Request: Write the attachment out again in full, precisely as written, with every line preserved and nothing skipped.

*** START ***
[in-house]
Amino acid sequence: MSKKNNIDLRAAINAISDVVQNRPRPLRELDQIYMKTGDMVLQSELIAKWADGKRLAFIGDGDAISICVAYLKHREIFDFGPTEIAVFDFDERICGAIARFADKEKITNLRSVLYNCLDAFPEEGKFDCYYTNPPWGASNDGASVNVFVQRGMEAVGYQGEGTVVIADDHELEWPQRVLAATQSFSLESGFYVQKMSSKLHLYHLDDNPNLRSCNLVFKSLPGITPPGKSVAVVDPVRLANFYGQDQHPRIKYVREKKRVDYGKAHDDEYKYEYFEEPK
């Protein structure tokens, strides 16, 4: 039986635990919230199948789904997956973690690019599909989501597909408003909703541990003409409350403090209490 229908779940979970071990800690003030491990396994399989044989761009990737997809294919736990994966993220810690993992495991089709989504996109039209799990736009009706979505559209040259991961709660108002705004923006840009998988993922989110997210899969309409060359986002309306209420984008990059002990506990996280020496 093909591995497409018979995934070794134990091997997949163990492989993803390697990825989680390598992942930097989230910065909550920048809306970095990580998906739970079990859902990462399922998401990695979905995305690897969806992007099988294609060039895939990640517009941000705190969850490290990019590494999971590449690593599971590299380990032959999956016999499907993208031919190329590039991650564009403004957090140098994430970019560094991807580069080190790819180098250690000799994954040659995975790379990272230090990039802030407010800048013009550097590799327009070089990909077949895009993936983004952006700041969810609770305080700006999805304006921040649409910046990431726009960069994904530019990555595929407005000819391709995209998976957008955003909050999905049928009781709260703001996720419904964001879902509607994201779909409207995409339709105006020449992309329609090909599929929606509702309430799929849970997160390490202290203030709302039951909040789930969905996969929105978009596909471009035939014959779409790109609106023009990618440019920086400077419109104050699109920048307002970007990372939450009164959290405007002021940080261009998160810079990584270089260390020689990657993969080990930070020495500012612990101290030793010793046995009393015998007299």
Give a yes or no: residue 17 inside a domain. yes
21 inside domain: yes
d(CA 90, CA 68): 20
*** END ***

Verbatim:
[in-house]
Amino acid sequence: MSKKNNIDLRAAINAISDVVQNRPRPLRELDQIYMKTGDMVLQSELIAKWADGKRLAFIGDGDAISICVAYLKHREIFDFGPTEIAVFDFDERICGAIARFADKEKITNLRSVLYNCLDAFPEEGKFDCYYTNPPWGASNDGASVNVFVQRGMEAVGYQGEGTVVIADDHELEWPQRVLAATQSFSLESGFYVQKMSSKLHLYHLDDNPNLRSCNLVFKSLPGITPPGKSVAVVDPVRLANFYGQDQHPRIKYVREKKRVDYGKAHDDEYKYEYFEEPK
């Protein structure tokens, strides 16, 4: 039986635990919230199948789904997956973690690019599909989501597909408003909703541990003409409350403090209490 229908779940979970071990800690003030491990396994399989044989761009990737997809294919736990994966993220810690993992495991089709989504996109039209799990736009009706979505559209040259991961709660108002705004923006840009998988993922989110997210899969309409060359986002309306209420984008990059002990506990996280020496 093909591995497409018979995934070794134990091997997949163990492989993803390697990825989680390598992942930097989230910065909550920048809306970095990580998906739970079990859902990462399922998401990695979905995305690897969806992007099988294609060039895939990640517009941000705190969850490290990019590494999971590449690593599971590299380990032959999956016999499907993208031919190329590039991650564009403004957090140098994430970019560094991807580069080190790819180098250690000799994954040659995975790379990272230090990039802030407010800048013009550097590799327009070089990909077949895009993936983004952006700041969810609770305080700006999805304006921040649409910046990431726009960069994904530019990555595929407005000819391709995209998976957008955003909050999905049928009781709260703001996720419904964001879902509607994201779909409207995409339709105006020449992309329609090909599929929606509702309430799929849970997160390490202290203030709302039951909040789930969905996969929105978009596909471009035939014959779409790109609106023009990618440019920086400077419109104050699109920048307002970007990372939450009164959290405007002021940080261009998160810079990584270089260390020689990657993969080990930070020495500012612990101290030793010793046995009393015998007299």
Give a yes or no: residue 17 inside a domain. yes
21 inside domain: yes
d(CA 90, CA 68): 20